From the shores of Lake Ashi, we walk through the vermilion tori gates past the towering Sugi trees that lead to the wooded shrine of Hakone. After the customary washing of hands, we walk to the altar where an offertory wooden box sits. Four large ropes attached to copper bells hang before us. We follow the prayer cycle of fellow worshipers: after tossing some yen into the box, we clap twice, shake the rope, then bow.

Monday, February 8, 2010

Onsen: Hadaka No Tsukiai

Bathing in an onsen, a Japanese hot spring, is a traditional way to stay healthy and unwind. Businessmen soak together to relax after a stressful week in Tokyo. When Zack was teaching in Niigata, he bonded with his coworkers at an onsen.

We say goodbye to Temple who will have to have a solo naked adventure in the female onsen.

Zack and I walk into the locker room and get naked. We walk outside. In the corner are a few rounded stone stools with a bucket next to them. We sit and begin our bucket showers which are mandatory before entering the onsen. When we are clean, it is time to test the waters. There are six small pools to choose from, some are carved out of the mountain and others are wooden like jacuzzis. Each on is a different temperature ranging from ice cold to boiling hot.

We decide to begin in the largest and most popular. We relax and soak. During the next hour, we try out all the different pools and take a sauna. Once our relaxation is complete we towel off and go to hear about Temple's solo adventure.

Onsen by ClayBolton

Sunday, February 7, 2010

Black Eggs

We are floating above sulfur hot springs with mustard colored clouds rising towards our gondola. We disembark and walk with other tourists to the springs where eggs are boiled in the sulfur water which turns them black. You can only buy the eggs in bags of five. Since none of us think we will want more than one black sulphur egg, Zack asks a young Japanese couple if they want to split a bag. They are happy for the offer. With our bag in hand we start peeling.

Saturday, February 6, 2010

Kamakura & Enoshima

Zack points us in the right direction and heads to work. After navigating the kanji (Japanese writing) necessary for train travel, we arrive in Kamkura, a heavily templed town outside of Tokyo.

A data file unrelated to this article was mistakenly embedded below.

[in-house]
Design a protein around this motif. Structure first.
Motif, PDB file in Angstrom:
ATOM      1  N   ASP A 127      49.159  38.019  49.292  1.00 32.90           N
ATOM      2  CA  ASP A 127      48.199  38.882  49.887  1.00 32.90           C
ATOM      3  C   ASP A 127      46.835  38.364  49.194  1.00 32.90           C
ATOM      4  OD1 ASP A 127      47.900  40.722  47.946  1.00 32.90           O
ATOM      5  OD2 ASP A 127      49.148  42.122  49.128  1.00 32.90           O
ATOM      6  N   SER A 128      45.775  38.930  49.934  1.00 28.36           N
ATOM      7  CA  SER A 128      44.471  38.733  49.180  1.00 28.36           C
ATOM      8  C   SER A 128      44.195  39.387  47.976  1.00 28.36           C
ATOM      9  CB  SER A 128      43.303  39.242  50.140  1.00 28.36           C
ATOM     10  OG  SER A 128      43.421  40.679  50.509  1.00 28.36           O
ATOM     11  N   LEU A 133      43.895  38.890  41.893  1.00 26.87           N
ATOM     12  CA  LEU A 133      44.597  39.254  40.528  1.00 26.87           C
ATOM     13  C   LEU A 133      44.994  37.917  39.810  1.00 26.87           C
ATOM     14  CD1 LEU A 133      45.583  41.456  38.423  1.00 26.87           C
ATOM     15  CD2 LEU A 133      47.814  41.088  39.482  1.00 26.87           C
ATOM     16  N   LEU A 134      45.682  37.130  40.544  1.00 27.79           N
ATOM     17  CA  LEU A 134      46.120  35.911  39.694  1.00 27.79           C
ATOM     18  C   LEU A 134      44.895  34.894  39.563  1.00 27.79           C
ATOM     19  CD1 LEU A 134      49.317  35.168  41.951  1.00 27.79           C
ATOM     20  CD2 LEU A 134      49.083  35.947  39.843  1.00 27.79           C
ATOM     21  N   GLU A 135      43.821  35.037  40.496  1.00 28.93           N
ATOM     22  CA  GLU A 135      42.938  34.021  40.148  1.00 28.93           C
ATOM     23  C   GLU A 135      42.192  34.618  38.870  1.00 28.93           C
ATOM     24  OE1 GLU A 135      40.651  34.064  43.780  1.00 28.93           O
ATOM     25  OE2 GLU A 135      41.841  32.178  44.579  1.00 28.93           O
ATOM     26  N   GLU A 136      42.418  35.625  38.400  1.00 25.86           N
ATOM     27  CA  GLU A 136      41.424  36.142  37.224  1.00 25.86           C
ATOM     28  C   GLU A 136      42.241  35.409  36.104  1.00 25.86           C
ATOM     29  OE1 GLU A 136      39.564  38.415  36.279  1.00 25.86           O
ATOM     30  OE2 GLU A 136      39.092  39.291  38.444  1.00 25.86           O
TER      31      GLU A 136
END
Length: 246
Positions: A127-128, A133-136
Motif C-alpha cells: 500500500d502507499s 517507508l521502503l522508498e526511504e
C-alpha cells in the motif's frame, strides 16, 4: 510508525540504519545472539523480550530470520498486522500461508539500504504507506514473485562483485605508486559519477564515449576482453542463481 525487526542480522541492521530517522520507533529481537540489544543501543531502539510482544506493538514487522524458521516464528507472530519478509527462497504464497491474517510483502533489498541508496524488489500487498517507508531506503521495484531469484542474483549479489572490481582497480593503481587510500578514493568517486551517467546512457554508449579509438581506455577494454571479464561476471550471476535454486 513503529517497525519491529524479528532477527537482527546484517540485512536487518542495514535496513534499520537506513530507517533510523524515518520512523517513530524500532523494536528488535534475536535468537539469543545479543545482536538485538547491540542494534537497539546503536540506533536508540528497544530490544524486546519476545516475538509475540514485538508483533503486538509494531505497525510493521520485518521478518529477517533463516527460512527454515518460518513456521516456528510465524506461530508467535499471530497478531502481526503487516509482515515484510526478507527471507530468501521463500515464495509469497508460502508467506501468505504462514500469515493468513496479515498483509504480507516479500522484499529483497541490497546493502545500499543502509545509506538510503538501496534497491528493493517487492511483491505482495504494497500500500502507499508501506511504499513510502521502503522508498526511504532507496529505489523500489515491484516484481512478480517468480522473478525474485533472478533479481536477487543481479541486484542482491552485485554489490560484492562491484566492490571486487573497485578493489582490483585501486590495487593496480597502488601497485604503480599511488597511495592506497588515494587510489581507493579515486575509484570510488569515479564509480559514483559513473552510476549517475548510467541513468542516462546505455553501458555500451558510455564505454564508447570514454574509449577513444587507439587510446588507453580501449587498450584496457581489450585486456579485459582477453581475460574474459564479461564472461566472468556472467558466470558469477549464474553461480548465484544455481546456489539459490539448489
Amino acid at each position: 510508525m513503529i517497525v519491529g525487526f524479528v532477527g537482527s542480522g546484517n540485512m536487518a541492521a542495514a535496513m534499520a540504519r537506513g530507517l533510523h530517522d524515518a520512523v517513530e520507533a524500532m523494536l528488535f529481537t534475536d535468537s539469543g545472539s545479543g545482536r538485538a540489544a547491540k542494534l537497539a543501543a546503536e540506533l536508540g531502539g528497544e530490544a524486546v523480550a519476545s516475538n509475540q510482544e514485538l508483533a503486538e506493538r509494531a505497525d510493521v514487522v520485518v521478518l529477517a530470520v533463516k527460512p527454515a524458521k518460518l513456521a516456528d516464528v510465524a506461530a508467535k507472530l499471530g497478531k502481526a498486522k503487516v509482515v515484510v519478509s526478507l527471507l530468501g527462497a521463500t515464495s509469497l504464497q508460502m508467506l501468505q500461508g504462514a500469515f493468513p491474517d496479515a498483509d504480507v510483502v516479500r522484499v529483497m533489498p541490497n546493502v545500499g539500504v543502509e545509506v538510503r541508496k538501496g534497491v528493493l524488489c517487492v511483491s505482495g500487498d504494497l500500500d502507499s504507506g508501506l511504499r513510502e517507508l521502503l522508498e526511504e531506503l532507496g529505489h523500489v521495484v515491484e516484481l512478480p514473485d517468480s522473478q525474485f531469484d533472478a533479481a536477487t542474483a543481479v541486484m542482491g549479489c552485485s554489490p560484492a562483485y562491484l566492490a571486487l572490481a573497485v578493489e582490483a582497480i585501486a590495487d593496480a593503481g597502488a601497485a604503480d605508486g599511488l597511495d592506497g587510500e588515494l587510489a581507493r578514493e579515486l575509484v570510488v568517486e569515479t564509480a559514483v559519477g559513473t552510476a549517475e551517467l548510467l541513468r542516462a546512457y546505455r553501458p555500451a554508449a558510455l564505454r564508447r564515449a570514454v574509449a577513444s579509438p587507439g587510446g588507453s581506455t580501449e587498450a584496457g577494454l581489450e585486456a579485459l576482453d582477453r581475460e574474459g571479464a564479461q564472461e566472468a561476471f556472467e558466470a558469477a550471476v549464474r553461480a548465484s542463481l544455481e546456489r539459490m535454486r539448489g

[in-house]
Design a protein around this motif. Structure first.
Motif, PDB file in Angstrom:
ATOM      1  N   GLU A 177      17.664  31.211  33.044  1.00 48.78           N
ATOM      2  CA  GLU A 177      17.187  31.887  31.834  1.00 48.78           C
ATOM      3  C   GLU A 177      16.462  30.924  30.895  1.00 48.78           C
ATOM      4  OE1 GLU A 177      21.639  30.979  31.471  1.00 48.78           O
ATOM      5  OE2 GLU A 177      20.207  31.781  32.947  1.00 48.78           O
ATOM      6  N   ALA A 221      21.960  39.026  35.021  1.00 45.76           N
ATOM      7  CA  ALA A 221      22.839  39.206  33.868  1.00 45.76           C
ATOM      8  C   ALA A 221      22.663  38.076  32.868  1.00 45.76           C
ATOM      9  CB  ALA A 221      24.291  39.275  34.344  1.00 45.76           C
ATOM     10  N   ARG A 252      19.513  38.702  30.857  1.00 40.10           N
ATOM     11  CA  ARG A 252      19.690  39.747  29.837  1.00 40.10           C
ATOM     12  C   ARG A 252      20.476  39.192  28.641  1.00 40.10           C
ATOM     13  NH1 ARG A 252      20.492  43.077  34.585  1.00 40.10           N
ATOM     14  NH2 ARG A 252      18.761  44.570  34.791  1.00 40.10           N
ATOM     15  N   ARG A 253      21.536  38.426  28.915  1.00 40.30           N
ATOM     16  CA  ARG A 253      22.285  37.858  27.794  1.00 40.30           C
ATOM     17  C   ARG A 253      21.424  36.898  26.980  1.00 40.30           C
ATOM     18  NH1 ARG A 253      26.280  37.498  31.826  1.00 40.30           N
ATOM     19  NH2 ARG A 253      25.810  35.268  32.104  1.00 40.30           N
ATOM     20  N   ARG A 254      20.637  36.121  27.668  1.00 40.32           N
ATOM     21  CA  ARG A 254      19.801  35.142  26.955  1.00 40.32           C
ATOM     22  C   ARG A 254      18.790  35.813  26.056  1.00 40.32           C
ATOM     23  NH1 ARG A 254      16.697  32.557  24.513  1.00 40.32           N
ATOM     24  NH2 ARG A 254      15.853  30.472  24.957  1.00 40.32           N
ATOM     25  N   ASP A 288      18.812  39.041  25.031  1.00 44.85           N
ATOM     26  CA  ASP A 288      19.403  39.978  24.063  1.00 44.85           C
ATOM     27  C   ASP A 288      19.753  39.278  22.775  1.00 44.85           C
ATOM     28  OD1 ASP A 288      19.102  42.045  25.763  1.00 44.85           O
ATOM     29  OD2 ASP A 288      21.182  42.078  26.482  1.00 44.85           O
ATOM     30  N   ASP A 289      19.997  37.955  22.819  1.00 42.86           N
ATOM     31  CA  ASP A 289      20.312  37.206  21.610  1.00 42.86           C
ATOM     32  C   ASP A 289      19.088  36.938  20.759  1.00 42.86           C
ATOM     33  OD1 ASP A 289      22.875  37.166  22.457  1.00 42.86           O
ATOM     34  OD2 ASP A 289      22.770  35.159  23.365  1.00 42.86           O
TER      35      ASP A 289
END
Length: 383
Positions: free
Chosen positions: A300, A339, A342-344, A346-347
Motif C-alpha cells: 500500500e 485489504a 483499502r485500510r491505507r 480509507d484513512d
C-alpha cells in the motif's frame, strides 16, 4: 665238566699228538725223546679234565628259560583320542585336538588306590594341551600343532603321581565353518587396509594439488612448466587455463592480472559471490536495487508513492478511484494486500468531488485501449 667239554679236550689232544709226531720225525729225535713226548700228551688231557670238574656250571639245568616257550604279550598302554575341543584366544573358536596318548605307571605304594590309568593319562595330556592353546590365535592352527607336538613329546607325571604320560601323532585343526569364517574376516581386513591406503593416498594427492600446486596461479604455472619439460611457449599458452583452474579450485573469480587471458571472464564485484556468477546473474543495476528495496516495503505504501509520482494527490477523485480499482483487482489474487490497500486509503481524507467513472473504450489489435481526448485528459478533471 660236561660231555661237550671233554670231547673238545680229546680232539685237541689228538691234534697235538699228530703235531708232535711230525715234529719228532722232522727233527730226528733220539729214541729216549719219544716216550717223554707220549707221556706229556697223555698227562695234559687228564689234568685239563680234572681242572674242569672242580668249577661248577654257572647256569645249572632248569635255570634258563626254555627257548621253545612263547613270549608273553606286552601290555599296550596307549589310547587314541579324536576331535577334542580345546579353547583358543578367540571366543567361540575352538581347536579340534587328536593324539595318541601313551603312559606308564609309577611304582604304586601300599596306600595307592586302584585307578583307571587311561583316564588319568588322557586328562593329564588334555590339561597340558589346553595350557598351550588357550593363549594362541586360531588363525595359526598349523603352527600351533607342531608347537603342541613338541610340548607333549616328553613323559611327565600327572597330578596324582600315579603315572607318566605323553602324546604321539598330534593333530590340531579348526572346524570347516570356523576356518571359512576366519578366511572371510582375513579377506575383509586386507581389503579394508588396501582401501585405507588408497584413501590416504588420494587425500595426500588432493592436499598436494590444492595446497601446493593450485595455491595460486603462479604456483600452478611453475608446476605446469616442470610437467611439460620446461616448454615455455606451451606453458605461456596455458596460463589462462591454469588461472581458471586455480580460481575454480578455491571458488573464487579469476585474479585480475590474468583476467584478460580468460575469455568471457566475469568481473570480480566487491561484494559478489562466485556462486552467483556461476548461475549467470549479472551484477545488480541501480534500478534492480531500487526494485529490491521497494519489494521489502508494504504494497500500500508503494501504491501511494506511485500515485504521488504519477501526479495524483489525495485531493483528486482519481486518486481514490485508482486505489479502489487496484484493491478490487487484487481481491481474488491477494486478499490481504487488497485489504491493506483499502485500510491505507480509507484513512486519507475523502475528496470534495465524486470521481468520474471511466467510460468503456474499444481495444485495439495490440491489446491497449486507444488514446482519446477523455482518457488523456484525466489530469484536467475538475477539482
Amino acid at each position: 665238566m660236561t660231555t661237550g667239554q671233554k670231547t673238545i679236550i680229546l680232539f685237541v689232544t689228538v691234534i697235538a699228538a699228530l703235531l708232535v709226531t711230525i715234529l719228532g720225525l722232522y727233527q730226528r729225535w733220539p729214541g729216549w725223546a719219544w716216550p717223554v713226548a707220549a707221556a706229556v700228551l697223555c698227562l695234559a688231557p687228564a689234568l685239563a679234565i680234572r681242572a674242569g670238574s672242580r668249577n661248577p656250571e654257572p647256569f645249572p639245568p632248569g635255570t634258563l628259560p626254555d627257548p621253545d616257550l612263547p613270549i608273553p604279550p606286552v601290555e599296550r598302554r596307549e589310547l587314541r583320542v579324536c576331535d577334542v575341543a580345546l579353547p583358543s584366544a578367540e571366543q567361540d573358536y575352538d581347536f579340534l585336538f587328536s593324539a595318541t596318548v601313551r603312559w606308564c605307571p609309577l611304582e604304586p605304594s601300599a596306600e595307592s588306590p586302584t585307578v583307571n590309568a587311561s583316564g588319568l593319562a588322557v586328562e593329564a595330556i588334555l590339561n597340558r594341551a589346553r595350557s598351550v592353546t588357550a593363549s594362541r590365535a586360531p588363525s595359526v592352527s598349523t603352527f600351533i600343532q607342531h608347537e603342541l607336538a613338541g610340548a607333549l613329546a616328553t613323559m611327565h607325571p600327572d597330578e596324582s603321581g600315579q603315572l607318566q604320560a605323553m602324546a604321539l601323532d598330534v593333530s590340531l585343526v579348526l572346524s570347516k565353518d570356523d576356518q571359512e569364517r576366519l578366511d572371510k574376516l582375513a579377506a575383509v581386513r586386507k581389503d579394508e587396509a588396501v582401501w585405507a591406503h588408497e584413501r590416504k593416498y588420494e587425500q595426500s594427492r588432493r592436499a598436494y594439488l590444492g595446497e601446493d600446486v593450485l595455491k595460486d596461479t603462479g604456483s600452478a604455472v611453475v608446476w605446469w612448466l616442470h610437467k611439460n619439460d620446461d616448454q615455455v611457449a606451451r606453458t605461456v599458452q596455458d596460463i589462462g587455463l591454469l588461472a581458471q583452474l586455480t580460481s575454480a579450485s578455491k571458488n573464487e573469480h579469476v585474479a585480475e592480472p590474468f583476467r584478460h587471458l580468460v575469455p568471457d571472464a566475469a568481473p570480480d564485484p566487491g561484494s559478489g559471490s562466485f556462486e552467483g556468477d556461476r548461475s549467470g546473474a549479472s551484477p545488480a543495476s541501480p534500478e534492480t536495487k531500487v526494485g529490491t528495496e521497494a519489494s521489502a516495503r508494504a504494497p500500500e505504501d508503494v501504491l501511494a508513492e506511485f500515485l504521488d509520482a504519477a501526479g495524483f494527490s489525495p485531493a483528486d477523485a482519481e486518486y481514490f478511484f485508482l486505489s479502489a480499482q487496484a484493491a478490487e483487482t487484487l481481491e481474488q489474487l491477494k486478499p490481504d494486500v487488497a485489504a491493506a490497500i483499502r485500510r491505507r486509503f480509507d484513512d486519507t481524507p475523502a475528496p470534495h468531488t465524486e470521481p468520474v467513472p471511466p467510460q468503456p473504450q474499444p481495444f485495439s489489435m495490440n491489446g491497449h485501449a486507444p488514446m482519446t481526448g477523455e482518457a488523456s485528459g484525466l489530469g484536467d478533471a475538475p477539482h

Before entering each temple, we cleanse ourselves by dipping a bamboo handled copper cup into icy water and rinsing our hands. We follow the locals who make offerings by throwing a few yen into a wooden box, clapping twice, and then bowing.

After sampling the local specialty of sweet potato ice cream, delicious and purple, we head to Daibutsu, the towering bronze statue of Amida Buddha looking out to the sea. Our journey along the coast continues as we make our way to Enoshima, a small island just off shore with temples and nature existing in harmony. We walk to the far side of the island to see Mt. Fuji in the setting sun.

Thursday, February 4, 2010

The Future

Landing in Tokyo from New Delhi was the closest we got to time travel. Gone were the cows lounging in dusty streets, the hawkers howling from every storefront. The clamor of India was replaced by the stillness of the train from Narita airport. We arrived at Shinjuku station in a mass of quiet and orderly people. In an odd way Japan felt like home. At least more like home than India. We walked through the neon to a quiet park. On a chilly February day we wandered alone.

That evening we met up with my cousin Zack outside Shinjuku. He's been living in Japan for almost 3 years and would be our guide for culinary and other adventures.

On Saturday morning, we woke up early to explore. Our first stop was the Sensoji Temple in Asakusa. This was snack central with tasty bean cakes, balls of fried octopus and other free samples of traditional fare. We were late in arriving to the world famous Tsukiji fish market but that didn't stop us from eating fresh sushi. Zack picked out an awesome conveyor belt sushi restaurant. As each plate glides pass, you grab whichever you want. The pricing is based on the color of the plate and when you're done they scan your stack of plates to give you the bill.